By NEIL HARTNELL
Tribune Business Editor
Requiring visitors to take a COVID-19 test before they enter The Bahamas is “a non-starter”, a Cabinet minister argued yesterday, while warning that the tourism industry’s July 1 re-opening will “inevitably” increase cases.
Dionisio D’Aguilar, minister of tourism and aviation, told Tribune Business that The Bahamas would “suffer an unprecedented period of economic malaise” if it failed to restart the industry that provides the greatest amount of jobs and foreign exchange earnings despite the risks associated with triggering a potential second wave of COVID-19 infections.
Speaking after Dr Duane Sands, former minister of health, told the House of Assembly that no one should be admitted to The Bahamas without undergoing a PCR molecular swab test for COVID-19 prior to their arrival, Mr D’Aguilar admitted that the issue continues to pose “a conundrum” for the tourist-dependent nation.
He added, though, that the time, expense and logistical difficulty involved in mandating that tourists obtain such a test before departing for The Bahamas was viewed by the tourism industry as too difficult “an impediment to overcome” when seeking to attract business back to this nation after July 1.
“The Ministry of Tourism consulted industry and it was the firm belief of The Bahamas Hotel and Tourism Association (BHTA) that requiring a PCA molecular swab COVID-19 test was a non-starter,” Mr D’Aguilar told Tribune Business.
“First of all, the airline industry was not prepared to check it, and industry felt this would be a very difficult impediment to overcome in one’s attempt to attract persons to this destination.”
Dr Sands, in his contribution to the 2020-2021 Budget debate in the House of Assembly, said he did not support opening The Bahamas’ borders to persons who had not been tested for COVID-19 - especially those coming from countries and areas that are currently suffering a surge in infections.
The US, which now has more than 2m confirmed COVID-19 cases, and accounts for 82 percent of all visitors who come to The Bahamas, is one such nation where infections appear to be spiking across a number of states. Dr Sands, while acknowledging the need to restart the Bahamian economy, argued that this nation should not endanger the gains created by its containment of COVID-19 to 103 confirmed cases to-date.
Agreeing with his former Cabinet colleague that the latest COVID-19 developments in the US were “disconcerting”, Mr D’Aguilar conceded that The Bahamas faces a major dilemma and “balancing act” between the economic devastation caused by not reopening a travel-dependent economy and the health risks associated with admitting potential virus carriers.
Warning that the tourism re-opening will almost certainly trigger an increase in positive COVID-19 cases, the minister told this newspaper: “This is a conundrum for The Bahamas. On the one side we need to restore our economy, and an integral component of this economy is tourism.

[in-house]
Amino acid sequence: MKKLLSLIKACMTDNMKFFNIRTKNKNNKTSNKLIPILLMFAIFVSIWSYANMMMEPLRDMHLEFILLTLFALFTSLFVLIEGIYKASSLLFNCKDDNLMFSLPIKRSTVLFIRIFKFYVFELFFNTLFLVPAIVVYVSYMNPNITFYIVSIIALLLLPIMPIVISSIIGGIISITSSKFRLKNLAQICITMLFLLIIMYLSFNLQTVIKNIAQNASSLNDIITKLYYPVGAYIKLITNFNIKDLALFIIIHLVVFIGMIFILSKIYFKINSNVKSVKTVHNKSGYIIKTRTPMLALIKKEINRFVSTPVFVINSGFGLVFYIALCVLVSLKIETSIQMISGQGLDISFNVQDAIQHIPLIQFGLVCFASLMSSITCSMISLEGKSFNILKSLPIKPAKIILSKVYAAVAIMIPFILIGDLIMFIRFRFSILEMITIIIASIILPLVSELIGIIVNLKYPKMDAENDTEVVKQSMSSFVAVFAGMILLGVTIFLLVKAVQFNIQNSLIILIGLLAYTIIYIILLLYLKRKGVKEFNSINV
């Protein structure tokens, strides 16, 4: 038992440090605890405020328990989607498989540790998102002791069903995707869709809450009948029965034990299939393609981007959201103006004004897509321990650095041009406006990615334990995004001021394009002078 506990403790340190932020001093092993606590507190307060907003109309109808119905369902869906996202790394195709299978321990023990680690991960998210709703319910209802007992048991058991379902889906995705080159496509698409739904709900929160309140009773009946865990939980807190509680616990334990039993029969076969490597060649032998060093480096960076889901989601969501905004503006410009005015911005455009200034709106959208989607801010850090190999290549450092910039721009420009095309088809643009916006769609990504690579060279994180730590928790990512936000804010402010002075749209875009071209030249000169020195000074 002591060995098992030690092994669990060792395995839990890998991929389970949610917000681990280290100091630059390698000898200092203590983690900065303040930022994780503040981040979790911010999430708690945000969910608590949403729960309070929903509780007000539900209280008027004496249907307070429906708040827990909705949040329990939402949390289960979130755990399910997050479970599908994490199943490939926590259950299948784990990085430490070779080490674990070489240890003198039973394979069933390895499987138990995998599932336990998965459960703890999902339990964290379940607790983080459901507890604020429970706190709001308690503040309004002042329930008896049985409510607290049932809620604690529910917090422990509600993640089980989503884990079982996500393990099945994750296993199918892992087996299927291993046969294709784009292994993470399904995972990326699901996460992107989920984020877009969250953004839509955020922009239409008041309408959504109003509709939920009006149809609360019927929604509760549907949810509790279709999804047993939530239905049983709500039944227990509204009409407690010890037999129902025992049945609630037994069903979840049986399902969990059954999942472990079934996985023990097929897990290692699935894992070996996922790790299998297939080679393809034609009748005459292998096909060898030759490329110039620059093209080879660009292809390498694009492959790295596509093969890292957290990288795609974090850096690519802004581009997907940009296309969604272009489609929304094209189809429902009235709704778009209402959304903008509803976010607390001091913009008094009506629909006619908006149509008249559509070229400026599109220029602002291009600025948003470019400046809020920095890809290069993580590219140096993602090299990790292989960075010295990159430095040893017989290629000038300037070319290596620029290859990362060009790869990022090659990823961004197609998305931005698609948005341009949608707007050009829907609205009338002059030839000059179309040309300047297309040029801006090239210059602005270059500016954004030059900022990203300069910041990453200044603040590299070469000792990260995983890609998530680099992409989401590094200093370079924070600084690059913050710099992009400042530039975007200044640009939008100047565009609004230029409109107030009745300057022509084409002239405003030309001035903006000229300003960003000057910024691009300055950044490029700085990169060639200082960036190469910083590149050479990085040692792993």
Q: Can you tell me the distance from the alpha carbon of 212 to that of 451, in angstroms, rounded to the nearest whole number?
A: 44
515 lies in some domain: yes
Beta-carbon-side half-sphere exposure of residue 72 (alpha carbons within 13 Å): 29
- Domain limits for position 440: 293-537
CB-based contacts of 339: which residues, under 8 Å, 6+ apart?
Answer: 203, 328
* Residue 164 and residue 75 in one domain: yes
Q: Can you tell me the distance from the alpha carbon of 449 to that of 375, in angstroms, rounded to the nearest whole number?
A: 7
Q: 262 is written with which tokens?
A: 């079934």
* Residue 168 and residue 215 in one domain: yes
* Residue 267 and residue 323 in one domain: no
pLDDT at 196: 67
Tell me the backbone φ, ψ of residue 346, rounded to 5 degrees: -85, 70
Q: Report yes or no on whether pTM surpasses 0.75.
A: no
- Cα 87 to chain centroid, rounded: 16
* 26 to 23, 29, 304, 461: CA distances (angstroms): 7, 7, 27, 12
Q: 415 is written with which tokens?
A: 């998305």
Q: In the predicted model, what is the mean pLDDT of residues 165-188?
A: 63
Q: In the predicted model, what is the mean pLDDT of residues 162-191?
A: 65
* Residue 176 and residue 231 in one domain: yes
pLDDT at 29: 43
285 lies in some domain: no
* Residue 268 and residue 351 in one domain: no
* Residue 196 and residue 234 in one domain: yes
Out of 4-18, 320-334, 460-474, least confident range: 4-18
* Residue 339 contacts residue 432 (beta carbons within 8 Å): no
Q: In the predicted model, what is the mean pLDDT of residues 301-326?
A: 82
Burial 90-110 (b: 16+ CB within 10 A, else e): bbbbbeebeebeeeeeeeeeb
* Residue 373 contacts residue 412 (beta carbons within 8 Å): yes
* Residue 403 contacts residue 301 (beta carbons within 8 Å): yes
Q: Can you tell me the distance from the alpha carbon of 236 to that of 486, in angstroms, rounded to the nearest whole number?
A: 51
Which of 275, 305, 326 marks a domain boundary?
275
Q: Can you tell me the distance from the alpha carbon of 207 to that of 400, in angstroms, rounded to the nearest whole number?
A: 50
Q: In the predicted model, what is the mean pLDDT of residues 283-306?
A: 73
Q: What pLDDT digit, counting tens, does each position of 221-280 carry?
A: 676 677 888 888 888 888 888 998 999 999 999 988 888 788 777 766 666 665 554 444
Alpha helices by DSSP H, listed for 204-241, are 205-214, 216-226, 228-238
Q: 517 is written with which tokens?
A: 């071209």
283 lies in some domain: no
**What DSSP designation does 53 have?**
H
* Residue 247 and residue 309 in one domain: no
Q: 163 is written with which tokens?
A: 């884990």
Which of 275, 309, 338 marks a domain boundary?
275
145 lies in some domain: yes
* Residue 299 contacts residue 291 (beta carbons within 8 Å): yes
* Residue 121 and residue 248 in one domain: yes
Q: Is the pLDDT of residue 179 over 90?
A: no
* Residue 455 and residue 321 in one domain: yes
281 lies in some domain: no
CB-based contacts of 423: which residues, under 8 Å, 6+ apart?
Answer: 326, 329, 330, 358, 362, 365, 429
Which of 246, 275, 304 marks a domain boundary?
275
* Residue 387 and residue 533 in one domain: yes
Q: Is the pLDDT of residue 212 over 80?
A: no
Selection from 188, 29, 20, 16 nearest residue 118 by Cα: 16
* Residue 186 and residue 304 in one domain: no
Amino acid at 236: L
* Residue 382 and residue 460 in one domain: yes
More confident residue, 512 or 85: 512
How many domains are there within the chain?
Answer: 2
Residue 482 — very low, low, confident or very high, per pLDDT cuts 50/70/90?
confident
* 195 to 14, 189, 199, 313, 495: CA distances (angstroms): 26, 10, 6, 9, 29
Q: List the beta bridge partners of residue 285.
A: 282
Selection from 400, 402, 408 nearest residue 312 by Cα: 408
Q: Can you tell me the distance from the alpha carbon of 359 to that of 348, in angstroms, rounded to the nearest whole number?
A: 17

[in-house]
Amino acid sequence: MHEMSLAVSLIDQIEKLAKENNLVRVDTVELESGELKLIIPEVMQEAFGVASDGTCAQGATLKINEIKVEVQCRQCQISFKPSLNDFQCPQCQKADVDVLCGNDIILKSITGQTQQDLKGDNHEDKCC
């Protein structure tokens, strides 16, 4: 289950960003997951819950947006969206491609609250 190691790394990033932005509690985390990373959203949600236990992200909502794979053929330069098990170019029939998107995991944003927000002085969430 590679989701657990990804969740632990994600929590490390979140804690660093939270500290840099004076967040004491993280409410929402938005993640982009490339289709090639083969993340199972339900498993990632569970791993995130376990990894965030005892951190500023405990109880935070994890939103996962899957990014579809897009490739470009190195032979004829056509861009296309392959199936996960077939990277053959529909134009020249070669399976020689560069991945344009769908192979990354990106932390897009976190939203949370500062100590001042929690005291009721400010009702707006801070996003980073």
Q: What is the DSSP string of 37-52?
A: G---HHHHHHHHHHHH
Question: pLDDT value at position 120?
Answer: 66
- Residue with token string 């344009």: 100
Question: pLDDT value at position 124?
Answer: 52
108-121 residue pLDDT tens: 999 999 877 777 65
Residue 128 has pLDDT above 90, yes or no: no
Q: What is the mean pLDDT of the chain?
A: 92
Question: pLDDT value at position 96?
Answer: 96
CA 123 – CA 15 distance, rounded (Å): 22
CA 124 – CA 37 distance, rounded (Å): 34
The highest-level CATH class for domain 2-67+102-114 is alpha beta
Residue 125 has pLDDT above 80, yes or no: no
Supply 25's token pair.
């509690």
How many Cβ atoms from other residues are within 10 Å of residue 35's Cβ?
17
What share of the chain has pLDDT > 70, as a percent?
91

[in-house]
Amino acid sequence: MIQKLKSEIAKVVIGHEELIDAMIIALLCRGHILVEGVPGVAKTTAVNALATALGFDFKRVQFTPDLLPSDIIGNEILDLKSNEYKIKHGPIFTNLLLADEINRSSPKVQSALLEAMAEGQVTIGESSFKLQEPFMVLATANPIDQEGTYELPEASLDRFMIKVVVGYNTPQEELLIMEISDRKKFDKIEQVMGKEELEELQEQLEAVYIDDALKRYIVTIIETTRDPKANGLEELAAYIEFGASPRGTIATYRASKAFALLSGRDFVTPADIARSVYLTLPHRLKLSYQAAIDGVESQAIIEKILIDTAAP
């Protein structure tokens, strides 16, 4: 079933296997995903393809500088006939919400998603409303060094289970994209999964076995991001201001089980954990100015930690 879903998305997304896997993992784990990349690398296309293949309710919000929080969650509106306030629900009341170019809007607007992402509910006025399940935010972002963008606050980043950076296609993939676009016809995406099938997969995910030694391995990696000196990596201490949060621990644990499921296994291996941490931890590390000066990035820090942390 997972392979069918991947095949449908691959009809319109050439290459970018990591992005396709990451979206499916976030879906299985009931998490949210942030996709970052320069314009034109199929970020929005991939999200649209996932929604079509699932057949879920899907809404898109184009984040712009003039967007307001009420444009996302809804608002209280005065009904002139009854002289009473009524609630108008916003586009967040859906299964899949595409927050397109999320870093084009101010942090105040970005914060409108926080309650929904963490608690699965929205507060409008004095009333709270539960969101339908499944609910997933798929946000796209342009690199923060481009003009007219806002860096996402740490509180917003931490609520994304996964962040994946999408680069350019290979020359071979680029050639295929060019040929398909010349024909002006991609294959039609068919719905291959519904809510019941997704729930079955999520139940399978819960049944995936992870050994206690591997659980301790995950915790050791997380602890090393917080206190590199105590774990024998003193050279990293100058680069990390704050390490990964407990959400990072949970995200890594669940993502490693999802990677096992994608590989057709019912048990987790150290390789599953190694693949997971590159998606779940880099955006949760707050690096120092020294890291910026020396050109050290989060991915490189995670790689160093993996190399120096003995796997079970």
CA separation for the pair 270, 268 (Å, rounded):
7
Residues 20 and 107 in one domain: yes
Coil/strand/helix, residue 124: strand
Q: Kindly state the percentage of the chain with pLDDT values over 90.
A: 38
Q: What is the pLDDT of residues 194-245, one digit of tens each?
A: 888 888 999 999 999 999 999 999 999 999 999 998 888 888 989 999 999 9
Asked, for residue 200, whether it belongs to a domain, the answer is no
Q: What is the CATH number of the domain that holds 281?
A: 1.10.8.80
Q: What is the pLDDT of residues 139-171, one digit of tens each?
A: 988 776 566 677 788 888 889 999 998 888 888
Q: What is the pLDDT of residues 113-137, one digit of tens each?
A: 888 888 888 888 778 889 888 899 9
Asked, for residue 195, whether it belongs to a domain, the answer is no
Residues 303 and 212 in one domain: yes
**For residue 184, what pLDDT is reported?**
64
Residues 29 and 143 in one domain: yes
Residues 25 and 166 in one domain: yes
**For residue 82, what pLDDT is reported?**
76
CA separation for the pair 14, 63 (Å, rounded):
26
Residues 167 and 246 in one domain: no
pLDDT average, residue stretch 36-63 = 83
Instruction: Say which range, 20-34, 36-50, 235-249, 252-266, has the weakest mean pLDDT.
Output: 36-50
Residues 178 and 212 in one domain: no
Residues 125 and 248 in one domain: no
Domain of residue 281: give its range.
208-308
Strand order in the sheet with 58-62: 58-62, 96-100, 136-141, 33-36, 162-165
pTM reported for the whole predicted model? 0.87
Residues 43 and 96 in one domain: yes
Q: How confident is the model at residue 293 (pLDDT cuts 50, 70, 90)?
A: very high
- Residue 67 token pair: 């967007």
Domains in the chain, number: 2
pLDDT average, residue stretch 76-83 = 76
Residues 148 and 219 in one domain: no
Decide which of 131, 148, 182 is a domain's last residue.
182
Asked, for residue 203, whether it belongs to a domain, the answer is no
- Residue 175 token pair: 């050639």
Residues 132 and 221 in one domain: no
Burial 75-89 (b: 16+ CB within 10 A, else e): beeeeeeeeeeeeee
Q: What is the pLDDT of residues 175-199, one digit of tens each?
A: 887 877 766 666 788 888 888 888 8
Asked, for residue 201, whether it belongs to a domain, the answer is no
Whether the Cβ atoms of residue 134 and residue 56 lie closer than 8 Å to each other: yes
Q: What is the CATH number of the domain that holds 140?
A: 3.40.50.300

“But, inevitably, with the arrival of more persons on the island, there will undoubtedly be an uptick in the number of positive COVID-19 cases..... This is the conundrum. It’s not easy. We could sit back and say we will not let anybody in, but The Bahamas would suffer an unprecedented period of economic malaise. It’s a balancing act.”
Referring to Dr Sands’ warning, Mr D’Aguilar added: “He’s right. It’s disconcerting what’s happening in our core market, the US. It’s a very difficult situation to be in.” He said the “ideal” would be for a rapid COVID-19 test to be administered to tourists before their arrival in The Bahamas, but such a device is simply not available yet.
Confirming that all tourists, Bahamians and non-Bahamians will still be required to undertake a COVID-19 PCR molecular swab before entering The Bahamas prior to July 1, Mr D’Aguilar said the borders will still re-open to private aviation, boats and yachts from June 15 as these niches can both be closely monitored and register their arrivals in advance electronically.
The minister’s comments mirror those he gave during the tourism industry’s re-opening announcement on June 2, where he disclosed that requiring a COVID-19 PCR test will “no longer be viable” given the time required for the findings to come back. Temperature screening of persons on arrival at air and sea ports, and their completion of health questionnaires so the individual risk they pose can be better assessed, will be the preferred methods.
“In terms of testing as we know it, that will no longer be reasonable,” Mr D’Aguilar added then. “We just have to implement and comply with the practices of social distancing, mask wearing, and that will help us to mitigate the risk, not eliminate it.”
However, Dr Hubert Minnis, in his pre-Labour Day press conference, said no decision had been made on what form of COVID-19 screening/testing would be required following the tourism industry’s July 1 re-opening, stopping short of what was announced by Mr D’Aguilar.
The latter, meanwhile, said “no one quite knows yet” what the strength of Bahamian tourism’s rebound will be once the industry re-opens on July 1. “It will probably be a slow ramp up. The world is still somewhat unsettled,” Mr D’Aguilar told Tribune Business.
“People are still assessing whether they wish to travel in this environment, but The Bahamas is performing well in terms of interest on Trip Advisor. They performed a study which showed The Bahamas as a destination to travel to in the Americas was experiencing a lot of interest primarily because we’ve indicated we’re prepared to open.
“But it’s a fluid situation. The Government reserves the right to reverse its decision at any time, but it’s not an easy decision by any means.”